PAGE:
Loss of data is also possible. A power cycle breaks SPC-2 SCSI drive reservations (and usually breaks SCSI persistent drive reservations). To break an SPC-2 reservation on HP-UX ◆ Issue st -f drive_path_name -r. See the st(1m) man page for more information. if the following operating system commands cannot break the reservation. Issue mt -f drive_path_name release. To break an SPC-2 reservation on AIX ◆ Issue tctl -f drive_path_name reset. you can power-cycle the drive. You should first try alternate methods to break the reservation on a device (using switch and bridge hardware). Breaking a reservation If you cannot release an SPC-2 SCSI reservation. The procedure depends on the operating system type. Lastly. See the tctl man page (in the IBM AIX Commands Reference) for more information. do not issue this command during backups. To break an SPC-2 reservation on Solaris 1 2 Issue mt -f drive_path_name forcereserve. SCSI reserve requirements and limitations The following are the requirements to use SCSI persistent reserve or SPC-2 SCSI reserve: . Caution: The reset operation may reset other devices in your configuration. See the mt(1) man page for more information. see NetBackup Commands for UNIX and Linux or NetBackup Commands for Windows.112 Reference topics How NetBackup reserves drives Caution: You can use this command after a PEND status has been displayed in the NetBackup Administration Console Device Monitor. For more information about using the vmoprcmd command. A device reset breaks a reservation. you can try to use an operating system command that forces a device reset. However.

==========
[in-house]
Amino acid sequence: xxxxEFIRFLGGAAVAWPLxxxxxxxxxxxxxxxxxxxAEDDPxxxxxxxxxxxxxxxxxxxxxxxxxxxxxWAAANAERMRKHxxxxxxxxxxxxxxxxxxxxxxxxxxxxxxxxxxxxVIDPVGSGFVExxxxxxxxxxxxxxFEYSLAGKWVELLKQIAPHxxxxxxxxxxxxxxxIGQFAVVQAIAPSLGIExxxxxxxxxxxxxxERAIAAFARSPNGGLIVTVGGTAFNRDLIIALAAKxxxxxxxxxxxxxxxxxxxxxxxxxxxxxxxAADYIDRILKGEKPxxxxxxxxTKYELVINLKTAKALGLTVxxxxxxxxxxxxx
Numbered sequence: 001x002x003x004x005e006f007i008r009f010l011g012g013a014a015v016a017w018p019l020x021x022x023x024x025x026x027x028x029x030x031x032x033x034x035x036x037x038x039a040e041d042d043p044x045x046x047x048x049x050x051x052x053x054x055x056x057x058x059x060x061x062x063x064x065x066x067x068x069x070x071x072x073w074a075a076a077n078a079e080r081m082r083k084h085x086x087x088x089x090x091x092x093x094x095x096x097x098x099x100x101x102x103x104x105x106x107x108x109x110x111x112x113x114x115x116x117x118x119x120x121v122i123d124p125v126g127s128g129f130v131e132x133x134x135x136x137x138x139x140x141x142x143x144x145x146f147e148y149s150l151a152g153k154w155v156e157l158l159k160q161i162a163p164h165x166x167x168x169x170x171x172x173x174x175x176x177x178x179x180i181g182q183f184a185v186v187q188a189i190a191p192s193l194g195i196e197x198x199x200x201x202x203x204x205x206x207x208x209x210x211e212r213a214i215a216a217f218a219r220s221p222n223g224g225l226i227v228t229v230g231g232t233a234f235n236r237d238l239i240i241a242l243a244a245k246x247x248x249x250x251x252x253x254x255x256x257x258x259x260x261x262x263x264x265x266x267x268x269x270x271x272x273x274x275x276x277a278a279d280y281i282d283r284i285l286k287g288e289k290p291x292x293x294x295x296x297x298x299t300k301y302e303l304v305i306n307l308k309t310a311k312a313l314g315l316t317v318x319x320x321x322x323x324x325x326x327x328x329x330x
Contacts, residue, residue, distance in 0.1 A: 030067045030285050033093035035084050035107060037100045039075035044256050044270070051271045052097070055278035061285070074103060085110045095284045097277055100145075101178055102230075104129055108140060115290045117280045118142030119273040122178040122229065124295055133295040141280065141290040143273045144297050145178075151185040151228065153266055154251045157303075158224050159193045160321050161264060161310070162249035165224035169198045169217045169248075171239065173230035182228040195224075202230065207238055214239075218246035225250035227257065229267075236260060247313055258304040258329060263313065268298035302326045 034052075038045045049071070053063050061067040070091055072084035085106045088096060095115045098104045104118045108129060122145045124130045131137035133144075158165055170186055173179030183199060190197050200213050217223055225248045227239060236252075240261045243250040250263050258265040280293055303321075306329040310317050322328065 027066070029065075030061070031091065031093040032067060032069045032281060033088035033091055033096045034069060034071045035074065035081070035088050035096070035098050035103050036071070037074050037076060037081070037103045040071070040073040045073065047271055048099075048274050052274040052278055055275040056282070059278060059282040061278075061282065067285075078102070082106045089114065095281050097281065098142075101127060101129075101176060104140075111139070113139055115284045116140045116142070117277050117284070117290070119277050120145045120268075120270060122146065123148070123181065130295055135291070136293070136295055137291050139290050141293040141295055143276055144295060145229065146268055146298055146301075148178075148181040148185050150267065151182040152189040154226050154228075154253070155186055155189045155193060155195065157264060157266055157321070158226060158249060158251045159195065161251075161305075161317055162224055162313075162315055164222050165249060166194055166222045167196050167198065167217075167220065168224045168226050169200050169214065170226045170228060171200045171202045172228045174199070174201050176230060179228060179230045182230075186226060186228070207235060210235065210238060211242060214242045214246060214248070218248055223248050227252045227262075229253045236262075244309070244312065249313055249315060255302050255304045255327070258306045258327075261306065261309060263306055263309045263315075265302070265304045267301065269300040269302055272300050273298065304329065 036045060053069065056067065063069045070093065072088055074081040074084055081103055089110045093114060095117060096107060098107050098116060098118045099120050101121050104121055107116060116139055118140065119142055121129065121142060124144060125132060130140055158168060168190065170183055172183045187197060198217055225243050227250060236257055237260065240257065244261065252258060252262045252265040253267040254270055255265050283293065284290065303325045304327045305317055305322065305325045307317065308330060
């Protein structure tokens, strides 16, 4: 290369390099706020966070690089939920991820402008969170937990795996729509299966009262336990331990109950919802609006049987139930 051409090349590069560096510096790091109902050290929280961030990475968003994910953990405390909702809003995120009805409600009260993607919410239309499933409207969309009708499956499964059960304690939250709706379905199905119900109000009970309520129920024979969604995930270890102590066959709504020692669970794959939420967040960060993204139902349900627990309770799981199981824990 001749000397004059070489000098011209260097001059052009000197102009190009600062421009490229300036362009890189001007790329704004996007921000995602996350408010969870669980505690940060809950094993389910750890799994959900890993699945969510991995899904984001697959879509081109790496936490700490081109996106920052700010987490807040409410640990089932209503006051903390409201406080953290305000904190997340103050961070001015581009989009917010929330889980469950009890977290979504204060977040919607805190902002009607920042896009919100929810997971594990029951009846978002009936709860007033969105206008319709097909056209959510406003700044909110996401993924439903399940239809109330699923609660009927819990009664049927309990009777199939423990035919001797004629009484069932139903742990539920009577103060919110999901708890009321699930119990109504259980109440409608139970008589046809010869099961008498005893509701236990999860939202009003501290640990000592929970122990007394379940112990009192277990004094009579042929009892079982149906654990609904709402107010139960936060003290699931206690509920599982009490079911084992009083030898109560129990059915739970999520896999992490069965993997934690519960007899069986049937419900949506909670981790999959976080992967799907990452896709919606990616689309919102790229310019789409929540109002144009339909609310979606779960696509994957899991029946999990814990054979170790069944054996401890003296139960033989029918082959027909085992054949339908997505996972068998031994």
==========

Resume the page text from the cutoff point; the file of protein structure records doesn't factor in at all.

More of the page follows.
Third-party copy configurations must be configured correctly. For instruction. HP Tru64 is a system that uses dynamic path sharing. backups and restores fail. ■ ■ ■ The NetBackup implementation of SCSI persistent reserve and SPC-2 reserve has the following limitations: ■ SCSI persistent reserve and SPC-2 reserve do not apply to NDMP drives. AIX and Solaris may require such a change. You must configure the operating systems on the NetBackup media servers so they allow NetBackup to control SCSI persistent reserve or SPC-2 SCSI reserve. see the NetBackup Snapshot Client Administrator's Guide. Therefore. ■ ■ ■ . The NDMP filer is responsible for providing exclusive device access. With SPC-2 SCSI reserve. Do not use SCSI persistent reserve on the drive paths that are used for third-party copy backups. Depending on your tape drives. The passthru driver must be installed and all required paths must be created.Reference topics How NetBackup reserves drives 113 ■ There must be passthru driver access to all shared drives. you must disable the operating system's use of SPC-2 SCSI reserve. You cannot use SPC-2 SCSI reserve if the following are true: the failover does not break the device reservations and those devices that were in use during the failover must be available without manual intervention. On HP-UX systems. see “Enabling SPC-2 SCSI reserve” in the “Hewlett-Packard HP-UX” chapter of the NetBackup Device Configuration Guides. If a drive path changes. You can use SCSI persistent reserve. If you cannot disable dynamic path sharing. you may have to disable the operating system’s use of SPC-2 SCSI reserve. jobs fail in cluster environments or any multipath environments that share paths dynamically. see the appropriate operating system chapter of the NetBackup Device Configuration Guide. For procedures. devices may remain reserved after a failover in cluster environments or multipath environments with failover capability. see the NetBackup Device Configuration Guide . For more information. For information about how to configure and use the passthru driver for UNIX operating systems. you cannot use SPC-2 SCSI reserve or SCSI persistent reserve in NetBackup. you must configure the NetBackup mover.conf file. To retain reservation of a tape device during a third-party copy backup.